And if He Breaks His Other Arm….


In a move that will likely prove economically disastrous, a cast-wearing Fidel Castro this week abruptly pulled the plug on his island's decade-old dollar economy by prohibiting the greenback from being accepted at state-run stores. The move was likely a desperation heave to pay for the skyrocketing price of oil. Miami Cubans are being advised to convert their remittances to Euros. Damien Cave wrote about the Havana hustle for dollars last August.


NEXT: Fear Strikes In

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  1. Isn’t it just as likely to be a reaction to the new laws Bush is for, banning remittances to family members in Cuba?

  2. BTW, did anyone catch Dan Bartlett’s comments on Castro’s injury?

    Reporter: Does the White House wish him a speedy recovery?

    Bartlett: No.

    Got to hand it to him on that one. He didn’t say yes, and he didn’t launch into a self-defeating political rant. Just, “No.”

  3. Isn’t it just as likely to be a reaction to the new laws Bush is for, banning remittances to family members in Cuba?

    So you’re saying Castro’s playing chicken with his already fragile economy simply to thumb his nose at the Administration?

  4. joe,

    Yeah, I’m wondering if when you say “reaction” you mean a tit-for-tat retribution against the US for this policy or a change based on a changed situation caused by the policy?

  5. More like, at America in general.

  6. More like, at America in general.

    That’s kind of like cutting off your face (and the body its attached to) to spite some nose hair. I suspect it has more to do, as the article stated, with the Cuban gov’t need for hard currency than anything else (regardless of how Castro sells it to his countrymen / the world at large).

    Then again, this is Castro we’re talking about. Its not like he’s Greenspan or anything.

  7. Nathan, I didn’t say it was a good idea.

    fyodor, I’m leaning towards Column B. Banning the evil Yanqui dollar and giving the administration the finger are great commie PR moves, but up till now, suicidal ones.

    With the number of dollars in circulation about to plummet regardless of what Fidel does, the downside has just become a lot less significant.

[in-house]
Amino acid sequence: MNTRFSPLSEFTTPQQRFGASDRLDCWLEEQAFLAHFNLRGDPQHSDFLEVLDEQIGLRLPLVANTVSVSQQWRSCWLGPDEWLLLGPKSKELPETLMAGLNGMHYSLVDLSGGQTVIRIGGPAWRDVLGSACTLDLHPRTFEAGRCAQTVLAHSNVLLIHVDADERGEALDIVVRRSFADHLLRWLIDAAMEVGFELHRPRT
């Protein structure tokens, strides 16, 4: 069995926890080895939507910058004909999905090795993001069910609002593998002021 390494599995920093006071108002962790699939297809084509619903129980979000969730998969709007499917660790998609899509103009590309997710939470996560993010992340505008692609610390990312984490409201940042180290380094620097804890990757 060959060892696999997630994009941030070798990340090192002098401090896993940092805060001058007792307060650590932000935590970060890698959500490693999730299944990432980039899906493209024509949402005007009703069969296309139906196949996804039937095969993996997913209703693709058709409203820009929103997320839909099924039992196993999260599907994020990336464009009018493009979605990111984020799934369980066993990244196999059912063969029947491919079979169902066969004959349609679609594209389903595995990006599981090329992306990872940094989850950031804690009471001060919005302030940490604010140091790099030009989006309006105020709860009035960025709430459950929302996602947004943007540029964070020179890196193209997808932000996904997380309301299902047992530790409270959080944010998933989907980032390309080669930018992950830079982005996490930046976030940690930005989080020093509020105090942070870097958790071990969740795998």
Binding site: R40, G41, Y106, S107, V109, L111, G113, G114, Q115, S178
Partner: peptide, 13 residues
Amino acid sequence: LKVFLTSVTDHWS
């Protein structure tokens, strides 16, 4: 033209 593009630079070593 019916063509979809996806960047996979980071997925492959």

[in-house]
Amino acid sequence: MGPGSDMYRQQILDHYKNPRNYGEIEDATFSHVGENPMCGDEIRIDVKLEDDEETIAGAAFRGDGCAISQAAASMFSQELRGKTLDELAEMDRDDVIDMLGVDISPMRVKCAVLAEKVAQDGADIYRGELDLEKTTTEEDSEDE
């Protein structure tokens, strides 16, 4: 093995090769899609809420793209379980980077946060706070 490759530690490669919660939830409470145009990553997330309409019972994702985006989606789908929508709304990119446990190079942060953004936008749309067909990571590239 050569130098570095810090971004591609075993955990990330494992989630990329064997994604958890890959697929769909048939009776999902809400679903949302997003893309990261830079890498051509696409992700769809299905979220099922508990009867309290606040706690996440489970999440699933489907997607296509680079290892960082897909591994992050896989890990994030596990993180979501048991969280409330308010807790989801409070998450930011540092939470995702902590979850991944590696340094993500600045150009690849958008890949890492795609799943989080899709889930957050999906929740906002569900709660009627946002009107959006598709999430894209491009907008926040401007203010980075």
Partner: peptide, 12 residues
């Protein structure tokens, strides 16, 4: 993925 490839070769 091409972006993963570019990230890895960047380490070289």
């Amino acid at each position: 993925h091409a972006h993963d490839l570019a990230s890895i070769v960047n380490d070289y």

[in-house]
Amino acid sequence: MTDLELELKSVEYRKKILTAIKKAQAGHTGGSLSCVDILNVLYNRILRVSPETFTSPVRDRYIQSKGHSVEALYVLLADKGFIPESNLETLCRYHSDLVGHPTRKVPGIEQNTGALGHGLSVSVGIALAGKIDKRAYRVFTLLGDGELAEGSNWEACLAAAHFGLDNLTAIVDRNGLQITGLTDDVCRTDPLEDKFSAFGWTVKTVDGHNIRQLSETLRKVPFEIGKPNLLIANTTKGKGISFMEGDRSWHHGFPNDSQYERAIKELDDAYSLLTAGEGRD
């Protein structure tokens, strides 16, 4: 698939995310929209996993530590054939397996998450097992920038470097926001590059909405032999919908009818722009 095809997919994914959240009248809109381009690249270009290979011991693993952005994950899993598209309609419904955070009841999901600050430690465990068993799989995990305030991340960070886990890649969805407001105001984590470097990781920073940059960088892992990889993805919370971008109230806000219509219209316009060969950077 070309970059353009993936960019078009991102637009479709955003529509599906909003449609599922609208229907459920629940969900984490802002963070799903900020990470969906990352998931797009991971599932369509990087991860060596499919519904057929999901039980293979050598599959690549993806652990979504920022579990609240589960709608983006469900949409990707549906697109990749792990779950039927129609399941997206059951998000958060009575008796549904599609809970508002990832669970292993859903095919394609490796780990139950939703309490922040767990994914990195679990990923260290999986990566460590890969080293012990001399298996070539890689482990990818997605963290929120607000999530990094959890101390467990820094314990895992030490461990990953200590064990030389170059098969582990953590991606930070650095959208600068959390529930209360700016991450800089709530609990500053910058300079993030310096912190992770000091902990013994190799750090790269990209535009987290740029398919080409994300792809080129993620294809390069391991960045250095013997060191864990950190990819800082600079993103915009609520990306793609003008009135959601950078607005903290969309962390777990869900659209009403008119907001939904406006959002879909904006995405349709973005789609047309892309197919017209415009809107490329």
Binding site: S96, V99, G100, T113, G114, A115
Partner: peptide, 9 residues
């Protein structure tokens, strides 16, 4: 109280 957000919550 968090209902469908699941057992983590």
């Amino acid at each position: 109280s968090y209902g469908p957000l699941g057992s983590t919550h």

8. but this is yet another way of making good ol fidel more popular with the euros. in their socio-political union, getting political clout for their currency is a goal.

    and since he’s the longest-tenured leader, fidel gets to sit with the head of country’s table at international conferences. i wonder if he discussed his cigar with queen marge of denmark…:)

    still, arafat and casto potentially kicking off at the same time? not bad. not bad at all.


  9. Come on, what’s wrong with you? We’re about to have a new President who respects European opinion. All the Europeans think we’re assholes to shun Castro, so maybe it’s time we reconsider.

    Besides, Castro’s got lots of great opinions. Lately they include “Owwww!” and “Shitttt!” and “What Yanqui imperialist capitalist swine greased this stage?”

  10. Very, very few U.S. citizens are visiting Cuba, and U.S. businesses, for stupid reasons, have lost the Cuban market. Most foreign trade is with Mexico or Europe. It’s not going to hurt the tourist industry to use Euros, nor the other sectors of the economy. If anything, it’ll help… since the biggest complaint I hear right now from Cubans is the problem importing goods (like vitamins) that cost much more when priced in U.S. dollars but purchased in Spain.

    I get the feeling a lot of U.S. citizens, and not just the old gangsters in Miami, honestly believe that when Castro is hauled off to the big gulag in the sky, the island is going back to becoming a semi-colony of the U.S. Nope. It’ll still be a fucked-up place, but, like now, it’ll be a fucked up place with Spanish hotels, Mexican cement works, and Italian factories.

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